Upon entering a new year, we are launching into a new preaching series at FBC in Palmer. We will be studying the book of James. I love to preach through a book of the Bible — because the burden is lifted off of me to choose a topic — when we take the Word one verse, one passage, or one chapter at a time, it is laid out for us.
The word does it’s own convicting — no one can blame the pastor of “picking on them.”
One of the main themes of James is “obedience.” I think A.W. Tozer, a pastor, author and magazine editor (1897-1963) summed up the theme of James very well:
“To escape the error of salvation by works; we have fallen into the opposite error of salvation without obedience. Obedience isn’t legalism: it’s a symptom of genuine salvation.
I’ve been persuaded, of late, that a person is not necessarily heaven-bound because they recited a prayer. Also, a person who has been genuinely saved, can’t help but demonstrate “good works.” Because a person who is genuinely saved is a person who has been supernaturally changed by the power of Christ.
I have always preached, and I have always heard it preached, that if we “confess with our mouths, the Lord Jesus, and believe in our hearts that God hath raised him from the dead, we would be saved.” I still believe that. I also believe that When Jesus comes into our hearts, changing our destination from hell to heaven, He also cleanses us, and gives us a desire to walk with Him in obedience.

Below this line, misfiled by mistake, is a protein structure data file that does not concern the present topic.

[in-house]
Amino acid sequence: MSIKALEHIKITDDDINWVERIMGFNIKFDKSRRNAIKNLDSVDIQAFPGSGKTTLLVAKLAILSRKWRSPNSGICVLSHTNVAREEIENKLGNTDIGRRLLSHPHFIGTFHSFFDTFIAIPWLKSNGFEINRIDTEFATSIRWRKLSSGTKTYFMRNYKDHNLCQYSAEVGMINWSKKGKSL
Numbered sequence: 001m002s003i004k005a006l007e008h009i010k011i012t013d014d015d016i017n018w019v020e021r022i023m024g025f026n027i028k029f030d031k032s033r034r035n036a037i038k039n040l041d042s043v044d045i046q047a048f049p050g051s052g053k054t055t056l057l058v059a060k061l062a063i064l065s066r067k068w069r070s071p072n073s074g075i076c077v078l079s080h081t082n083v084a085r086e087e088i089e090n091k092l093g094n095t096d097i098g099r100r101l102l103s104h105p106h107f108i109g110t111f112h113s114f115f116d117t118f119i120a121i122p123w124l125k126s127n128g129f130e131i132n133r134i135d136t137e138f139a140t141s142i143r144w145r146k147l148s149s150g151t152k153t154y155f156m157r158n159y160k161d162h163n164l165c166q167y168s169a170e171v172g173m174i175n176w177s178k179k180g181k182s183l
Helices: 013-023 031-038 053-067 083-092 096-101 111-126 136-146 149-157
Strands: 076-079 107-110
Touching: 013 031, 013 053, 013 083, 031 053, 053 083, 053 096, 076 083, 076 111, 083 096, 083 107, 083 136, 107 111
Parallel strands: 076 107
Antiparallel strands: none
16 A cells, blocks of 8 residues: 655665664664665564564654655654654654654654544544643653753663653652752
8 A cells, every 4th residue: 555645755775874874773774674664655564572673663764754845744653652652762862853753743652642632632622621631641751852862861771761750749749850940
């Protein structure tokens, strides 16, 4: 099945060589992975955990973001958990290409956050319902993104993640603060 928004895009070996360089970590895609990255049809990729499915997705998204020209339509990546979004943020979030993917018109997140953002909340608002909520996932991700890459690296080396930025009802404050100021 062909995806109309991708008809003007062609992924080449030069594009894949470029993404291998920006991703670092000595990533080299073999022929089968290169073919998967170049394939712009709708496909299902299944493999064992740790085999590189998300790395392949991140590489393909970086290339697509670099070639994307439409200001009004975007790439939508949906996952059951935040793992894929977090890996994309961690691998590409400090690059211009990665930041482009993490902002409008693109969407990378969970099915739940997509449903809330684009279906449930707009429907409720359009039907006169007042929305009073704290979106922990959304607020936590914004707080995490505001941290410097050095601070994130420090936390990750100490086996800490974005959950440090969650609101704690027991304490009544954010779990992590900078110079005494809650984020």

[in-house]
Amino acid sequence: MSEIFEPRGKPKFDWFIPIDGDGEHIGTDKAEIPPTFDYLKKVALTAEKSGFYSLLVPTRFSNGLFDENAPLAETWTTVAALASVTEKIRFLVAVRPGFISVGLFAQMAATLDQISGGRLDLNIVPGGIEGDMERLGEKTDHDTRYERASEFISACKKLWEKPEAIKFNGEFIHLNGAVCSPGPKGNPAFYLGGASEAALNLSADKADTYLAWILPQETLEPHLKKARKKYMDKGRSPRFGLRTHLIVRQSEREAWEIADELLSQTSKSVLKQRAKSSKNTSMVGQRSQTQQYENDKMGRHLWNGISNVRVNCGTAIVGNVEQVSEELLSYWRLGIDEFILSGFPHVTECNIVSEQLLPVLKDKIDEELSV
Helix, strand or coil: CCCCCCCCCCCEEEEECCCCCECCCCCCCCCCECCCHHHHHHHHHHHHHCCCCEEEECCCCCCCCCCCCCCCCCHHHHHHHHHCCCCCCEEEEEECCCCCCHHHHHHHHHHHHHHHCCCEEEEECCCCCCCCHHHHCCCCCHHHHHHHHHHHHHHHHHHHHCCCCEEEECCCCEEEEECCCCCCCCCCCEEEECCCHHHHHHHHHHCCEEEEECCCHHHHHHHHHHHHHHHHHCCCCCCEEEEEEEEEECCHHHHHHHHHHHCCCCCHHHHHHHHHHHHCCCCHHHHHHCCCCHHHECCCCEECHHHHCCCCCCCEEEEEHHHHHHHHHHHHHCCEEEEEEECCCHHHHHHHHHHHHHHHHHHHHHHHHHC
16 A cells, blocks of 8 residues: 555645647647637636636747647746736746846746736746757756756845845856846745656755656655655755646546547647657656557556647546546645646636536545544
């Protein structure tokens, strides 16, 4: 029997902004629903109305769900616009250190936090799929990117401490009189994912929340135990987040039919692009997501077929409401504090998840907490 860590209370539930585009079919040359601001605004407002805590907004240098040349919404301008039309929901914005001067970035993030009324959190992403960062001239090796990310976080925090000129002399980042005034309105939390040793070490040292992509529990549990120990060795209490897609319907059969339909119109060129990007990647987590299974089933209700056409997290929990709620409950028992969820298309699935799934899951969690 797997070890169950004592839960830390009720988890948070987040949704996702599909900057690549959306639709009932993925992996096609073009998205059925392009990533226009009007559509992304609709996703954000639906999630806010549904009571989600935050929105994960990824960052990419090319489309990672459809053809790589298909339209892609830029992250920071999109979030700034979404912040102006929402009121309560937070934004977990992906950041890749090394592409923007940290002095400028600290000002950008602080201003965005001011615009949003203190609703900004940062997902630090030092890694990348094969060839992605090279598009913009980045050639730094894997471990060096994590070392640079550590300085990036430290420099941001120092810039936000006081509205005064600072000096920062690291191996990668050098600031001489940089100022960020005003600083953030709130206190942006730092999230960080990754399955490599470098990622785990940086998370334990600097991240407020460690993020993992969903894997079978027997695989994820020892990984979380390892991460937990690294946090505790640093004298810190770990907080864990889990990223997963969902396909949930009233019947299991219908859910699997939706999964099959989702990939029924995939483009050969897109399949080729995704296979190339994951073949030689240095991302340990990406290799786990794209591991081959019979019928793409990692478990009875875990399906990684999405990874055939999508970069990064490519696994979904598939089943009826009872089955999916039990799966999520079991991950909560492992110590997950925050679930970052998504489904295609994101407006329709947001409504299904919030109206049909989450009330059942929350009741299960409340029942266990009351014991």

That’s not to say we don’t veer off course occasionally — that’s because we still live in this flesh. The difference between a saved person and a lost person is how they struggle with that flesh. A genuinely saved person wrestles with and despises the effects of the flesh. When the flesh wins out over them, it leaves them with conviction, shame, and a desire to confess it to God. On the other hand, a lost person lives for the world with no conscience or remorse. I like what Adrain Rogers, long-time pastor of Bellevue Baptist Church of Memphis, Tenn. said on this subject.
He said: “A sinner leaps into sin and loves it - but a saint lapses into sin and loathes it.”
Far more than we pastors striving for numerical church growth, — building and property expansion, or expanded programs and activities — we should strive to help every member knows for sure they are going to heaven when they die or when Jesus returns.
Paul Gauntt currently serves as the pastor of First Baptist Church of Palmer.